The tap is open, the good times are rolling and the green stuff is flowing.
Monday in New York it was green beer, but as far into 2014 as sources care to speculate, it's cash, as the initial public offering pipeline has been propped wide open and offerings large and small are coming at a rate unseen since before the financial crisis.
However, it could also be that, just like with St. Patrick's Day, one too many has been poured. On Sunday, Alibaba.com Corp., the premier Chinese e-commerce company, revealed it would list the largest IPO since Facebook Inc.'s 2012 offering in the United States. Last week Weibo Corp., the Chinese version of Twitter Inc., filed to list in the U.S. as well. And on Friday, Castlight Health, the healthcare software firm, saw shares rocket up almost 150% on its debut day.
Last year, the 222 companies that raised about $55 billion in the U.S., according to Renaissance Capital, were the most by volume the market has seen since 2000 (2013's IPO value count fell slightly short of 2007). Nor is there much concern about a slowdown this year, sources say -- with, and possibly even without the behemoth Alibaba.com IPO that is expected in the U.S. later this year, both the volume and value record could get squished in 2014.
More of it could come on PE-backed exits: the 182 private equity IPOs in the U.S. and Europe in 2013, valued at more than $56 billion, represent 35% of global proceeds, according to data from Ernst & Young. Put another way, more private equity companies are pushing IPOs, and from the looks of it, a lot more are on the way.
To start the year off, PE IPO performance has been strong, marking through mid-February a 25.1% rise, according to a recent Ernst & Young LLP study.
Zoe's Kitchen USA LLC, a Brentwood Associates-backed Mediterranean kitchen, will raise up to $80.5 million in its IPO, coming soon. Brentwood bought into Zoe's for undisclosed terms in 2007, when it had less than 20 stores, along with industry exec Greg Dollarhyde. The company took on a $20 million credit facility from GE Capital Corp. in 2011 before readying its paperwork -- and increasing store count five-fold.
Next up, it looks like retail eatery investors will be able to sample Lee Equity Partners LLC's Papa Murphy's International Inc., looking to raise $70 million in its IPO, despite a recent history of losses.
But it hasn't just been tasty offerings like Bloomin' Brands Inc., Noodles & Co. or Potbelly Inc. that investors have been eager to bite into. In 2007, Welsh Carson Anderson & Stowe bought the majority stake in an Oklahoma-based payroll provider Paycom.Net LLC. The company filed IPO paperwork earlier in March to raise up to $100 million -- likely making the sponsor a winner on paper by the time shares list on the New York Stock Exchange -- having taken in $108 million on the top line last year.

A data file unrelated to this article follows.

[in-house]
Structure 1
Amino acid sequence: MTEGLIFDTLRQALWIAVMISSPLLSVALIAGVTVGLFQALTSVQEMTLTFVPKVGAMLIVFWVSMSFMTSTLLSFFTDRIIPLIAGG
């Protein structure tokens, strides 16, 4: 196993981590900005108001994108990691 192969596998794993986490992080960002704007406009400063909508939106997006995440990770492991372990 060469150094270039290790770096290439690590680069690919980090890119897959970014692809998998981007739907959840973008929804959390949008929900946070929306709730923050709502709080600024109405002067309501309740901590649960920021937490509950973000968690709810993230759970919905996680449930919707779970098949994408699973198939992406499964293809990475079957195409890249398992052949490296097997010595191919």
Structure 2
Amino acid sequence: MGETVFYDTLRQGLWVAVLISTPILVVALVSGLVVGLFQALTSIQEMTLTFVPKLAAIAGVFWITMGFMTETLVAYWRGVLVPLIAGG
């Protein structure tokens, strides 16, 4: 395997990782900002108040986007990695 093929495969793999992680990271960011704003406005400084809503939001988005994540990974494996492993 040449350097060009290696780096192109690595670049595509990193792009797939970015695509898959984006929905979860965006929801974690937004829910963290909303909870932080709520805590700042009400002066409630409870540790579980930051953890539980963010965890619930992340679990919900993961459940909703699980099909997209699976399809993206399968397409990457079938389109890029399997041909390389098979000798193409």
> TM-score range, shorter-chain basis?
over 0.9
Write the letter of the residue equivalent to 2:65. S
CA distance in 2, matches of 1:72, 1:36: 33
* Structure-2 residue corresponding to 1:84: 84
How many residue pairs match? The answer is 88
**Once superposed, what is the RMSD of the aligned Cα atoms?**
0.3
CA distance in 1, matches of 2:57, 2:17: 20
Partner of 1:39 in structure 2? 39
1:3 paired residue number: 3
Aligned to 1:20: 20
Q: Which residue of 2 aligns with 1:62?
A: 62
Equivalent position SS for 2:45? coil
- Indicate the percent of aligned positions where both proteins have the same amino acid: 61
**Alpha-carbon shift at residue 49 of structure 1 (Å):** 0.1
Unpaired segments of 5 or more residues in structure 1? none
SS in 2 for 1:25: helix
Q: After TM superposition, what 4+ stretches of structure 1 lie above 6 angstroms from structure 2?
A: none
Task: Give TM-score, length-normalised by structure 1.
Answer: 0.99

At long last, the IPO market is back, even for the middle market.
That's welcome news to LBO shops that have long held onto costly assets. The good news for public market investors is that the five biggest private equity offerings of 2013: Envision Healthcare Inc., H.D. Supply Inc., Quintiles Transnational Holdings Inc., Antero Resources Corp. and Hilton Worldwide Holdings Inc., each traded up since their debuts.
Last year also gave private equity opportunities to take advantage of markets' rise and the beginning of the end of the Federal Reserve's bond buying stimulus. Some GPs didn't hold back.
"We're selling everything that's not nailed down," Apollo Global Management LLC CEO Leon Black said at a 2013 conference.
Other PE pros followed Black's example, bringing out IPOs from CDW Corp. to Hilton. Next, the large-cap LBOs are expected to flow back into public markets. This includes GrubHub Inc., which was split from Aramark Corp., a 2007 deal, before its sponsors prepped a pair of public offerings.
J. Crew Group Inc., too, as The Deal reported in late 2013, is joining the fray of PE offerings now being prepped -- it, like Party City Corp. and GoDaddy.com, is a relatively quick flip for the LBO shops that invested.
Plus, GPs are equally eager in the last 12 months to sell their own firms' stock into a rising market. That includes senior execs at Black's Apollo (apparently, the founder shares were also not "nailed down"), Oaktree Capital Management LP, Fortress Investment Group LLC and the Carlyle Group.
Private equity is taking advantage of heady valuations in international markets as well: earlier in March, specialty insurer Apollo and CVC Capital Partners Ltd.-backed Brit Insurance Holdings NV revealed plans for a London Stock Exchange IPO, marking a win for large-caps. Also in London, Apax Partners' Travelex Holdings Ltd. as well as its King.com, maker of popular mobile game Candy Crush, are reading offerings.
Jeremy Swan, private equity practice principal at accounting and advisory firm CohnReznick, says he's not expecting a big market hangover to come from overconsumption of under-baked offerings.
"I haven't seen a lot of companies rushing to get there," he said.
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